Not long ago, I spotted these two side-by-side images in a tweet from award-winning nonfiction author Steve Sheinkin. He was celebrating the completion of a book by showing that he had taken down his visual-tactile outline, and his magnetic white board was ready for him to begin work on a new title.
Look at all those colorful index cards. They made me so curious about his process. I was bursting with questions.
What does each card represent? A scene perhaps?
Are the colors random or do they have a meaning?
What about the white cards? Do they represent the start of a new chapter?
But most of all I wondered how Steve had come up with the idea to display the elements of his book in this way—right in front of his computer, allowing him to see everything at a glance. What are the advantages? Are there any disadvantages?
One thing’s for sure—this isn’t the way students learn to outline in school. But maybe it should be. Why not make it visual-tactile? In fact, why not make it whatever kids want it to be—whatever works best for them? What can we do to help students develop a system that perfectly meets their needs?
One reason I’m so interested in Steve’s display is because my book-planning process has become more visual over time too. For example, for Can an Aardvark Bark?, I wrote the animal sounds I wanted to include on Post-It notes, stuck them to the wall between the living room and my office and then sorted them until I came up with the perfect way to organize the examples in the book.
For my upcoming picture book, Fourteen Monkeys: A Rain Forest Rhyme (available for pre-order now), I was initially having trouble keeping the fourteen monkey species in the book straight. I kept having to doublecheck their characteristics:
Which one was it that eats tree sap?
Which species sleeps with their tails twisted together?
Which one is nocturnal?
Which one can leap an incredible 32 feet?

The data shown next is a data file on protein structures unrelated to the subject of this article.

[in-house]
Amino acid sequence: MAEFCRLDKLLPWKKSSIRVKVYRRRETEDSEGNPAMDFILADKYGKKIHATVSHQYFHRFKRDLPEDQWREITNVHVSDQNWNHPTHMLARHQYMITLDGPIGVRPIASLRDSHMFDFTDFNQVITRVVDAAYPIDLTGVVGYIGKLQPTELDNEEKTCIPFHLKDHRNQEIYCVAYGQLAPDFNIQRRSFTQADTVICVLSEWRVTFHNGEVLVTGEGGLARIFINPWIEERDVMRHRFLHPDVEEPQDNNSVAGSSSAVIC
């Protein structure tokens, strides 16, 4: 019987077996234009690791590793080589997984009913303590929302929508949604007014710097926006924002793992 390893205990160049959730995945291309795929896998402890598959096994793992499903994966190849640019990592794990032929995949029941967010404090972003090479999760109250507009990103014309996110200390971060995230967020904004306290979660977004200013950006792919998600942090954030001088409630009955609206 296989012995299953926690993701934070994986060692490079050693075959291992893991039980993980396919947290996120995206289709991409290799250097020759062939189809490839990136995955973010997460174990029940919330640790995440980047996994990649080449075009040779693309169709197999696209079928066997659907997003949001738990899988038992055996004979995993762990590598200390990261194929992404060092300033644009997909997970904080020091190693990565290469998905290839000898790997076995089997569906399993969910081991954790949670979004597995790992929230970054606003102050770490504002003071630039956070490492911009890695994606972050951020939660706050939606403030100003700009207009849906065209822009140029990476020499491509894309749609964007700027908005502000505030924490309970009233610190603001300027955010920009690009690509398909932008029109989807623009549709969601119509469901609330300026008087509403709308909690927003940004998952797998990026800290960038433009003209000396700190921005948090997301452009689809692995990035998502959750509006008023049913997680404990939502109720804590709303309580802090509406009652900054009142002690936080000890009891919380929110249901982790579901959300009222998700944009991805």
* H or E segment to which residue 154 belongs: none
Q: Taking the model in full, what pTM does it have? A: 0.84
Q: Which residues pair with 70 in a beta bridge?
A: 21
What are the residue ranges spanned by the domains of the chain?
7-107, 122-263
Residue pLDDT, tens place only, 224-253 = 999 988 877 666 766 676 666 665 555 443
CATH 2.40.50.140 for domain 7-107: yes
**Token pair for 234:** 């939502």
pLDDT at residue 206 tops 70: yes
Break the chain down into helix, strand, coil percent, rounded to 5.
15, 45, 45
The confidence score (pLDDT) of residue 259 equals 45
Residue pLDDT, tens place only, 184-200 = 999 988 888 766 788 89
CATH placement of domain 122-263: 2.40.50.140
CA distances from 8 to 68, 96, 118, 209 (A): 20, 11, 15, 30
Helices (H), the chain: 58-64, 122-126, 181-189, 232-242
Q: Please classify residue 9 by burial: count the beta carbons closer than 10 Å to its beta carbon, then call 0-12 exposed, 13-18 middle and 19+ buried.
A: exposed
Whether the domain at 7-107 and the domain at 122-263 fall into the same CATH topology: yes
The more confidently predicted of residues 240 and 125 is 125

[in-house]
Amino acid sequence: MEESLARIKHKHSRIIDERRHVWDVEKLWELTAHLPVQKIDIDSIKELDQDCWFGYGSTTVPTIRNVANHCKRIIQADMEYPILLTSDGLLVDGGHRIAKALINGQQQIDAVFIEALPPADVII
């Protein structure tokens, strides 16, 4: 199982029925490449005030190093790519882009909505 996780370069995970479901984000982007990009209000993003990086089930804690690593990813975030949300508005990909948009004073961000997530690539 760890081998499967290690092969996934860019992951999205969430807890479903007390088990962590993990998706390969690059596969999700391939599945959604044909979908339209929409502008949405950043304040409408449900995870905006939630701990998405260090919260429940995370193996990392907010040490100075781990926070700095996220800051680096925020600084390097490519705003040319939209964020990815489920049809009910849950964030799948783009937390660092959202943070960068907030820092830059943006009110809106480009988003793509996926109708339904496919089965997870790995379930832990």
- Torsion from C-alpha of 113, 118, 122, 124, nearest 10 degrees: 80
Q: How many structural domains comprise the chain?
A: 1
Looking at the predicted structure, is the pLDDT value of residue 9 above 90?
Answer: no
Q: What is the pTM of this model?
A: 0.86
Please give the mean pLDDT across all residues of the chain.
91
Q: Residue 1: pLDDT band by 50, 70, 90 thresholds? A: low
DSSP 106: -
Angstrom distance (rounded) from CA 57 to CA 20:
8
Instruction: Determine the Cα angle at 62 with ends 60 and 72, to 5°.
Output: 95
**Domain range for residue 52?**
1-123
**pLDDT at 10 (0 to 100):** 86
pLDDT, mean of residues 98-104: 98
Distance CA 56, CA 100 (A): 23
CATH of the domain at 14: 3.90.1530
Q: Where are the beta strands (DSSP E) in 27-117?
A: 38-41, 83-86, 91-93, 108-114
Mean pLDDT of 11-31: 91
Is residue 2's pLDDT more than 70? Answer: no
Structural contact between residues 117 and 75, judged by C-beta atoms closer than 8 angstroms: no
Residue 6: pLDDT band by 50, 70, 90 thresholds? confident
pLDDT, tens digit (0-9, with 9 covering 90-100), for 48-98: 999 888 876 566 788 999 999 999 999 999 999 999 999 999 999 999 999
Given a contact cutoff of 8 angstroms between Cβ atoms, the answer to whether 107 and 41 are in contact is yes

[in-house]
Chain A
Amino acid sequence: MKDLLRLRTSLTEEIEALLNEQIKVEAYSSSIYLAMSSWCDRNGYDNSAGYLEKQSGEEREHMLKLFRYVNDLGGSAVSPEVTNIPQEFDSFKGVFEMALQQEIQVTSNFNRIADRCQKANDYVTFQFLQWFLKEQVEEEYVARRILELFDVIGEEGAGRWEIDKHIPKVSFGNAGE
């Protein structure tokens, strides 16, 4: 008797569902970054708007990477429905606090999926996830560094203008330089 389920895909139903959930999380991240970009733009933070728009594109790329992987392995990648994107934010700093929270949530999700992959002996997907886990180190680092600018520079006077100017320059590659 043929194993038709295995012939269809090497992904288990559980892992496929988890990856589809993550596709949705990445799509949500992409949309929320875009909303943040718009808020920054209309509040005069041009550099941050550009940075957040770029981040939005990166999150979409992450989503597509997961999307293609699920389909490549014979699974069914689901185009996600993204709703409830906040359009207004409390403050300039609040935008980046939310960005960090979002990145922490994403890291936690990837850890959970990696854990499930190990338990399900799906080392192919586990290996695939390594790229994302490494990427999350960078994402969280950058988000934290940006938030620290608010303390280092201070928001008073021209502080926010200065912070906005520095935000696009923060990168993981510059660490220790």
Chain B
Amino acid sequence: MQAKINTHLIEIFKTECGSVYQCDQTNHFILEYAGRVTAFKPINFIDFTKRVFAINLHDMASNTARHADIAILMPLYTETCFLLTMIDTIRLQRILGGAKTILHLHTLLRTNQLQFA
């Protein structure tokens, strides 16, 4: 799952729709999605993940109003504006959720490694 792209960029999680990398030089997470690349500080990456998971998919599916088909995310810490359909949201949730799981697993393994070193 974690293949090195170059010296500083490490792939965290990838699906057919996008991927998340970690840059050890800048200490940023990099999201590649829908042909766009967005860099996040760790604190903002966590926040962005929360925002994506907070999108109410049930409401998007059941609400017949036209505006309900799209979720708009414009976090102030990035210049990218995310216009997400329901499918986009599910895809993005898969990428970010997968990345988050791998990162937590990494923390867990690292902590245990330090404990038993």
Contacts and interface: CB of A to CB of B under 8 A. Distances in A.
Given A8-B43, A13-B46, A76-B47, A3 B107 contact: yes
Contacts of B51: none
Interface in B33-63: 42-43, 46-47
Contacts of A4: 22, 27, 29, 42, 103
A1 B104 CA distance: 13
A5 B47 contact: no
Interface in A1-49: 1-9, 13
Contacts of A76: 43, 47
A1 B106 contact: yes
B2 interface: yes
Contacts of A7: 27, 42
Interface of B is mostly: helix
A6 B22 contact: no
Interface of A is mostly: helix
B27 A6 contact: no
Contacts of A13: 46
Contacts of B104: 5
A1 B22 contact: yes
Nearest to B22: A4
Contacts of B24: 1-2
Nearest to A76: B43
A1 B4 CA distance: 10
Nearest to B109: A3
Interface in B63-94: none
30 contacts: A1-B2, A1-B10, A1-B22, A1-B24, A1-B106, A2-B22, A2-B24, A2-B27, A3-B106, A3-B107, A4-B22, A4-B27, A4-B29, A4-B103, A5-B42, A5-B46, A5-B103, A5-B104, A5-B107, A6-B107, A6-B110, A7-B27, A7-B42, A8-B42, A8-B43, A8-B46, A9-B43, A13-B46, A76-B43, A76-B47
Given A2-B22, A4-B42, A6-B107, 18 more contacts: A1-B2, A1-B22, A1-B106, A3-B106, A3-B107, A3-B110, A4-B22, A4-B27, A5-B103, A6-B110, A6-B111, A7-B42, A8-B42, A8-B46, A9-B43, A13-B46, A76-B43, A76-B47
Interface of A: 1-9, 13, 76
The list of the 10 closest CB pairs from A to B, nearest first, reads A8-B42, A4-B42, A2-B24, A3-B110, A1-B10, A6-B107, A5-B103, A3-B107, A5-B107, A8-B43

To solve this problem, I decided to make monkey flashcards. I printed out photos of each monkey, cut them out, and glued them to index cards. Then I wrote out a quick list of the monkey’s notable characteristics on each card.
These mini cheat sheets worked great, but then I realize I could also place them on a large table and move them around to experiment with different ways of organizing the text. Trust me, it’s SO much quicker and easier than repeatedly cutting and pasting text in a computer file.
Because Fourteen Monkeys has four layers of information—diet, body size, height in the rain forest, and characteristic behaviors, it was easy to get stuck focusing on all the details I was trying to include. The index cards provided a physical representation of the book’s bigger components, and the act of sorting them helped me with pacing and text structure.
From the beginning of the planning process, I knew that the book would have a compare and contrast text structure. But I thought that embedding a second structure might enrich the presentation. As I juggled the index cards, inspiration struck. I realized that if I overlaid a sequence structure by organizing the monkey’s activities from morning to night, the ending would feel more satisfying to a broad range of readers. I don’t think that idea would have occurred to me if I’d been working with just the text in a computer file.
I may not use this strategy for every future book I write, but it’s a good tool to have at my disposal.